CONTEMPORARY PSYCHOANALYSIS

The methods of contemporary psychoanalysis can benefit the entire range of people including adults, adolescents, children, families, and couples. Though derived from the discoveries of Sigmund Freud more than a century ago, contemporary psychoanalysis is based on scientific research in child development and neurobiology. Far from the stereotype of a bearded professor listening in neutral silence while the patient lies on a couch, contemporary psychoanalysis is an interactive conversation in which therapist and client collaborate together in understanding the psychological patterns which are causing the problems. In my view, it is the ‘state-of-the-art’ platform for conducting psychotherapy.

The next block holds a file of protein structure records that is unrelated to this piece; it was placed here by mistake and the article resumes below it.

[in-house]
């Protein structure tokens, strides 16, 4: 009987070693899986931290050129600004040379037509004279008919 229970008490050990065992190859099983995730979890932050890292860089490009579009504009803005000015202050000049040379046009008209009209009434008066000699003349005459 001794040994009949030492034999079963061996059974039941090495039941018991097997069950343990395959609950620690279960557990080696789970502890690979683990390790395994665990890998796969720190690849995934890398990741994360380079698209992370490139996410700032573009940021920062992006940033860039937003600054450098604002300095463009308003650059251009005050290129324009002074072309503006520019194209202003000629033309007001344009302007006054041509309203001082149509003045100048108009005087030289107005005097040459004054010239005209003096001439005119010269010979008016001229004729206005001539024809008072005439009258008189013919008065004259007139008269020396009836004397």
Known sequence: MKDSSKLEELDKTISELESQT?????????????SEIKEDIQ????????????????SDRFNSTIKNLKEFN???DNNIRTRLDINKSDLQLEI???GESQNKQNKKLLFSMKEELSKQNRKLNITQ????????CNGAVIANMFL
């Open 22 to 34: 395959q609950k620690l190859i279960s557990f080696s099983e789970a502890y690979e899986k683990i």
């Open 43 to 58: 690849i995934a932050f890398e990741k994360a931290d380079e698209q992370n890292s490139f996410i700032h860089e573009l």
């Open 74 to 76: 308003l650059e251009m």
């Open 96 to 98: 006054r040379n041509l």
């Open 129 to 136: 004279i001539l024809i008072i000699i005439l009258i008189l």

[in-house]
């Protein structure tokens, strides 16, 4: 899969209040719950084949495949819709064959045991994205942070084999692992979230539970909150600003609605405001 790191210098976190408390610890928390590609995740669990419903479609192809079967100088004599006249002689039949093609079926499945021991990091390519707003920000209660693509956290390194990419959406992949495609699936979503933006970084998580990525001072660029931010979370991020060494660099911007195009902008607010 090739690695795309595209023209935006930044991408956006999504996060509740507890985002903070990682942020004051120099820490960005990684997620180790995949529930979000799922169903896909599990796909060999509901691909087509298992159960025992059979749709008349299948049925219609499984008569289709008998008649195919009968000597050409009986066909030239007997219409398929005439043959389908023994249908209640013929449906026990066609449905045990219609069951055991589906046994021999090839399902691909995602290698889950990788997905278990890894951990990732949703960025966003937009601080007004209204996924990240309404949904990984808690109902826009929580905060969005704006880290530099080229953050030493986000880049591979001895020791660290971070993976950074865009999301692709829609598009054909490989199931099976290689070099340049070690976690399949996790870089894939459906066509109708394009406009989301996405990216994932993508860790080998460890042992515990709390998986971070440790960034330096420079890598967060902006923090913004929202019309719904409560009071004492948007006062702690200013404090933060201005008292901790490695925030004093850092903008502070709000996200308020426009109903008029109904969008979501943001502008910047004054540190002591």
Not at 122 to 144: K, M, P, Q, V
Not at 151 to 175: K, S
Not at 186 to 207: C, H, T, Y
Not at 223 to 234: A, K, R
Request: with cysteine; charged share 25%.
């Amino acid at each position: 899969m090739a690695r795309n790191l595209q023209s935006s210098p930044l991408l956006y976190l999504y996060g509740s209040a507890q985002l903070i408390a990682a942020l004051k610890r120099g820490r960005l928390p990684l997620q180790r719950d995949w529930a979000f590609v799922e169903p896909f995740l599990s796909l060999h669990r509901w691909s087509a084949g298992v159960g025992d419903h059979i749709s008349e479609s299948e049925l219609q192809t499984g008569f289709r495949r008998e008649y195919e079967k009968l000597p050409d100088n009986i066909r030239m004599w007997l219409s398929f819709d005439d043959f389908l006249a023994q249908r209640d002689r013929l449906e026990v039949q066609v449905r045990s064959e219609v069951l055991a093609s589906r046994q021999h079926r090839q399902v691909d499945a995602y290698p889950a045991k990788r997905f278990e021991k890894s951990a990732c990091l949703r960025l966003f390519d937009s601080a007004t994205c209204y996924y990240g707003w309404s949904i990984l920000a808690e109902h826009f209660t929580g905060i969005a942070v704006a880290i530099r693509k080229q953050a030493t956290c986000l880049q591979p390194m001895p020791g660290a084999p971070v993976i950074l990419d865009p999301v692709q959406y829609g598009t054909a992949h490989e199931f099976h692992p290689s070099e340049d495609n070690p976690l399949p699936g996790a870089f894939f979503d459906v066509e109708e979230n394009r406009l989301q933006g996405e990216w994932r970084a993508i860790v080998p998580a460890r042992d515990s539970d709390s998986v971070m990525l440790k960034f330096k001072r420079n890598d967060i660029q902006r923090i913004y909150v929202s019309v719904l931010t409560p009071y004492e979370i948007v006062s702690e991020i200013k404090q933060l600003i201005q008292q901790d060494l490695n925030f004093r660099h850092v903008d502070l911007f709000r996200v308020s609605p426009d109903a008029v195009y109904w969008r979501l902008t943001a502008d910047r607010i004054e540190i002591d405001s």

An analyst trained in contemporary psychoanalysis focuses on helping the client understand how past experiences – – the attachments, separations, and losses which have occurred in early life — determine current-day contexts of living, working, and loving. Focus on the individual’s experiences in the here-and-now of the psychotherapeutic relationship facilitates the development of new awareness and insight and begins to transform even long-standing and intractable patterns of painful experience. This educational background provides psychologist with a great expansion from past understandings making psychoanalytic psychotherapy a far more relational experience.